Memories of a distant past
It was just after World War II,
When things were still quite tight,
A dear family’s day went all askew
When a car pulled into sight.
The local pastor seemed to come
At mealtime when he’d visit.
“He’s a bachelor, “chuckled some,
Their answer to, “Why is it?”
This precious Midwest family
Would always welcome him,
For the meal if satisfactory,
A worry if too slim.
Well, groceries were used up this day,
Leftovers, even, meager.
Add a few spuds; make it okay,
Sparse lunch, but all were eager.
The steaming bit of food in bowls,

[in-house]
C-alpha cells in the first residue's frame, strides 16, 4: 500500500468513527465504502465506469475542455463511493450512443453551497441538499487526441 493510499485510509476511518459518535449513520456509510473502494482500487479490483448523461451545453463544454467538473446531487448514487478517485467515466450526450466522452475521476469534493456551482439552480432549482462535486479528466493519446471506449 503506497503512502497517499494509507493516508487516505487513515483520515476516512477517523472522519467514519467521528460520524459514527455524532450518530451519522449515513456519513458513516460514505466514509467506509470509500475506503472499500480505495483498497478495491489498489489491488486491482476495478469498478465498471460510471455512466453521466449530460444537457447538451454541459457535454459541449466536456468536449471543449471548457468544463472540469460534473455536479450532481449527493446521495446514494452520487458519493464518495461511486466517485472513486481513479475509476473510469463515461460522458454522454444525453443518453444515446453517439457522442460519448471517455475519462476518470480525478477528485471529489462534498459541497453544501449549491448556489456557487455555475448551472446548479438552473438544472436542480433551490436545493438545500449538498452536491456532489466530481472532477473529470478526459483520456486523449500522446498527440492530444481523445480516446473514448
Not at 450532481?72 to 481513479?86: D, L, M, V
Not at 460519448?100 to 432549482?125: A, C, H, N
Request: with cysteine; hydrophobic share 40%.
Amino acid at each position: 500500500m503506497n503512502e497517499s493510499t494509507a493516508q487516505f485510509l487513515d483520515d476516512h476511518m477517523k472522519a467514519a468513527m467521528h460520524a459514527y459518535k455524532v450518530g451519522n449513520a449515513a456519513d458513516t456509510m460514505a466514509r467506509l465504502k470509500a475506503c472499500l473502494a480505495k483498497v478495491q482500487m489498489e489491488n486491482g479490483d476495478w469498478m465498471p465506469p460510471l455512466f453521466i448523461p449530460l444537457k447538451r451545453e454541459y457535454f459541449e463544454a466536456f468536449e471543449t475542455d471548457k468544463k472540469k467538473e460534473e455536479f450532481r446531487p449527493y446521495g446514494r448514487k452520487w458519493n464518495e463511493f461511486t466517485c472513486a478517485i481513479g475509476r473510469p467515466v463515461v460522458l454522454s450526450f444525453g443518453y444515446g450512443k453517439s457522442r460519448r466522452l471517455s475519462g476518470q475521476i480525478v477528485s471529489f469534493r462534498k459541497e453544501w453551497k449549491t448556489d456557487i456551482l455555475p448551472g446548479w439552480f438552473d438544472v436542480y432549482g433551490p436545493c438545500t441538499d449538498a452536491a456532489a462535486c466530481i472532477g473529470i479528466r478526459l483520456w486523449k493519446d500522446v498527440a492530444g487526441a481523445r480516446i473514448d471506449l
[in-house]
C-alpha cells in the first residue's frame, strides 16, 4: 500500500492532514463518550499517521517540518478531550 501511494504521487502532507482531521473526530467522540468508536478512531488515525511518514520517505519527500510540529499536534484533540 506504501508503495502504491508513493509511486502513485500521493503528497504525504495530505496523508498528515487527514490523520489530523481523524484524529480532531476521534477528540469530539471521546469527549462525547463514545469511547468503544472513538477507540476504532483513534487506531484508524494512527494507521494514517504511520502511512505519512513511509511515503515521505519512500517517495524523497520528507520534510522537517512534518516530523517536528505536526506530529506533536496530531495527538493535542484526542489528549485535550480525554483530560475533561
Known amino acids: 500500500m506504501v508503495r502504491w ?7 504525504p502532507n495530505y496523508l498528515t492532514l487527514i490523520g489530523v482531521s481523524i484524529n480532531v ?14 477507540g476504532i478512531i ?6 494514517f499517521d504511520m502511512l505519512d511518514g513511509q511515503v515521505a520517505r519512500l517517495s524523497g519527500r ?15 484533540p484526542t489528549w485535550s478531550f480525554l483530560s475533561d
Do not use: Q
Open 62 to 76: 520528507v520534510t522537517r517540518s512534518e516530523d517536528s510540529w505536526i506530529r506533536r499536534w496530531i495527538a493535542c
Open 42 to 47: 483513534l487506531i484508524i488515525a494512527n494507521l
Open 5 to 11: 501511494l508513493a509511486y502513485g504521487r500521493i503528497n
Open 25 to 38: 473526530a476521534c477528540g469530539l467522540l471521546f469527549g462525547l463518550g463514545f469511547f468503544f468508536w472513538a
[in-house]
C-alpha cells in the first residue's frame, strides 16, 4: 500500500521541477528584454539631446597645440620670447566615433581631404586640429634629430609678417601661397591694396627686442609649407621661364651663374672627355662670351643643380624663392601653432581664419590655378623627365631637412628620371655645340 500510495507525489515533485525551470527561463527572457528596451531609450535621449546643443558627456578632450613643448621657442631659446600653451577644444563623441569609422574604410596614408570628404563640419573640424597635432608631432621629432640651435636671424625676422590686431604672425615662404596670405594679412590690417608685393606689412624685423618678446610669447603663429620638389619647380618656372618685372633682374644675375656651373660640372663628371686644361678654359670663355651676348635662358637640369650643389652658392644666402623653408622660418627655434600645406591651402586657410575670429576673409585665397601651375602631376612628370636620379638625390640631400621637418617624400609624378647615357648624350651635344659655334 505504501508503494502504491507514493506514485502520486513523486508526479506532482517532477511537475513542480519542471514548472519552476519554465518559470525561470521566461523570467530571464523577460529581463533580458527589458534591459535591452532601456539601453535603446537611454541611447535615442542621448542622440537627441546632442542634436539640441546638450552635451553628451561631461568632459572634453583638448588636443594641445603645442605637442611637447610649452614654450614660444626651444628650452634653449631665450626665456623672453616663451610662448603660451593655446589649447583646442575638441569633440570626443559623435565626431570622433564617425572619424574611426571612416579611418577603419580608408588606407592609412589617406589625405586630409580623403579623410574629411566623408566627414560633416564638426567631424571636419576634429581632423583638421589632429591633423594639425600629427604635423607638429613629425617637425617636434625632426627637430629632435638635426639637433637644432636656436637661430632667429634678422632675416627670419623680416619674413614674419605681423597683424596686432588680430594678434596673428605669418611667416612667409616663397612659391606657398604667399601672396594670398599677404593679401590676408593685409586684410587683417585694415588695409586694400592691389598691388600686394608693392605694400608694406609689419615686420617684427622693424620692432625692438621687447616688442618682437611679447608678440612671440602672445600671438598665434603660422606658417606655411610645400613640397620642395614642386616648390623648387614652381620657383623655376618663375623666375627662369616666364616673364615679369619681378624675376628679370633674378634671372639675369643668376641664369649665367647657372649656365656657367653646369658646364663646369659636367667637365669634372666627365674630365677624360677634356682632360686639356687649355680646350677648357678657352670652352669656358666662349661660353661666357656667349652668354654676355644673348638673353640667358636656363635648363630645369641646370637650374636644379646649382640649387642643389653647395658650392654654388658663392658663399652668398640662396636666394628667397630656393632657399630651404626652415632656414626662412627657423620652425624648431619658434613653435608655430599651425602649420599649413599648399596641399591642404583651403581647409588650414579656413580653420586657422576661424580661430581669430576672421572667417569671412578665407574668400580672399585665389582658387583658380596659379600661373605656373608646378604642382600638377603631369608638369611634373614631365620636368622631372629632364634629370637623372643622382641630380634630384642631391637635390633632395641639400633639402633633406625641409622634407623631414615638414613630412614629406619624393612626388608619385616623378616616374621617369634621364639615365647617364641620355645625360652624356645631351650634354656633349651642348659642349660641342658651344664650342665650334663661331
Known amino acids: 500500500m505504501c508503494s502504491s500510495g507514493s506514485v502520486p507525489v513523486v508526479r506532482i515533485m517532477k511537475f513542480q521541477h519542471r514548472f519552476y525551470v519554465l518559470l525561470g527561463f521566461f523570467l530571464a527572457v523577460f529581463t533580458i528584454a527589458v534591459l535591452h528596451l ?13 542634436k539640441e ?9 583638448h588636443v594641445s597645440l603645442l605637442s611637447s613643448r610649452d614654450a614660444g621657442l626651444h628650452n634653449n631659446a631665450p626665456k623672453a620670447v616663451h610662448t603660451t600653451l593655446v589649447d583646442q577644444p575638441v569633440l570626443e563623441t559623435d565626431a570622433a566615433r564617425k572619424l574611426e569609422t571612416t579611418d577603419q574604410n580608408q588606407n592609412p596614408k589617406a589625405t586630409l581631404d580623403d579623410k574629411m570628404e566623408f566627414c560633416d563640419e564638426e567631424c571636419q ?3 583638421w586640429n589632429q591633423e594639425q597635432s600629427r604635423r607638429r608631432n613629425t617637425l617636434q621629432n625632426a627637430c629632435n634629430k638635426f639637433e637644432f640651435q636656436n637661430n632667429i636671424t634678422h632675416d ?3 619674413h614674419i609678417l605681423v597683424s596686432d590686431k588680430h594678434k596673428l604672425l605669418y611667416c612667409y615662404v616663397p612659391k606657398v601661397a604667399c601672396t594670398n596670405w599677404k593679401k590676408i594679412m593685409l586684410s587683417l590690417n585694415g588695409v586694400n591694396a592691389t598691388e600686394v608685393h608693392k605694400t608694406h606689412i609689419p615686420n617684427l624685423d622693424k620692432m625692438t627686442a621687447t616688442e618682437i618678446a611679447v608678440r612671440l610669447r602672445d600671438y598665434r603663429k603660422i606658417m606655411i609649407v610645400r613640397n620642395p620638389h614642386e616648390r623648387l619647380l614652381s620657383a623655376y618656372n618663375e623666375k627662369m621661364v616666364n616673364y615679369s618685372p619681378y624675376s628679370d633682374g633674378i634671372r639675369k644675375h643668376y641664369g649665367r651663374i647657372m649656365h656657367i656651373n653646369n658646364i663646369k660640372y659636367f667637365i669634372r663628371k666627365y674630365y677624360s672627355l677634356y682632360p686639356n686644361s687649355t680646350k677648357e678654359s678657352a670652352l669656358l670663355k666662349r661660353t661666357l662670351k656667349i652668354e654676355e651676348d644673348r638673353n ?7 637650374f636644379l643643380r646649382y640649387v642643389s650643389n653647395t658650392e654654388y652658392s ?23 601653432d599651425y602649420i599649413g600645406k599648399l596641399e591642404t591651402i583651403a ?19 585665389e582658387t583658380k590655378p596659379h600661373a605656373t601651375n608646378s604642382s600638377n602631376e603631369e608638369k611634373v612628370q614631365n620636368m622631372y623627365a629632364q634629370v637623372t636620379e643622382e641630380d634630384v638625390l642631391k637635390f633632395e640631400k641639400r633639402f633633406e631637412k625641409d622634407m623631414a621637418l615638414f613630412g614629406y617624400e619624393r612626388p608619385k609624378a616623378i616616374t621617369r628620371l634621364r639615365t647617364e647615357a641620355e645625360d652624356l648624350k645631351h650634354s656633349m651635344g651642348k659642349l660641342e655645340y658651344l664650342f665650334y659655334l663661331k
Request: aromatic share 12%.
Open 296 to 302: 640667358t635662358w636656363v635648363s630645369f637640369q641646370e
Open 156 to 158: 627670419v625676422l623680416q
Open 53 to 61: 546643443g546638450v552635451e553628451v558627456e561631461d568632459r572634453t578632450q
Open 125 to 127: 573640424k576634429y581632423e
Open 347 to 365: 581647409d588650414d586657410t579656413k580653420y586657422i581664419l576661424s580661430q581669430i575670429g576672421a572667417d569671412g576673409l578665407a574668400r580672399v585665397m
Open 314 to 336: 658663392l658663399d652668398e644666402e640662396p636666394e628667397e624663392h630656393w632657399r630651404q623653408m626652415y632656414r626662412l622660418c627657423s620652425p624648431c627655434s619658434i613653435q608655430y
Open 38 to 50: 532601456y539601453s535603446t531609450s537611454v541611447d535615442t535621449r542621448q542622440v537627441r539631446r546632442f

Time to set the table.
Into the driveway that car rolls;
To feed Pastor, they weren’t able.
“Quick, the cupboard,” Mother said;
Brother set away the food.
Father sat and shook his head;
Sister’s giggles were subdued.
Pastor was cordially asked in,
Sat to visit, when in horror,
Mother saw steam from within
Curling out from the cupboard door.
They solemnly listened, attentive eyes,
Hoped the visit soon would end.
The message shared was compromised,
As for their lunch they yenned.
As he closed his book, picked up his hat,
Little sister piped a question.
More conversation? Oh, not that.
“How about later?” was Dad’s suggestion.
The pastor was warmly bid, “Come back.”
With smiles and wishes, they waved.
“Should we eat it cold, for all its lack,
Or just warm up what we’ve saved?”
Mother praised their self control,
Politeness to their guest.
Although scanty, on the whole,
Their dinner had been blessed.
©03/04/2011 Carol Morfitt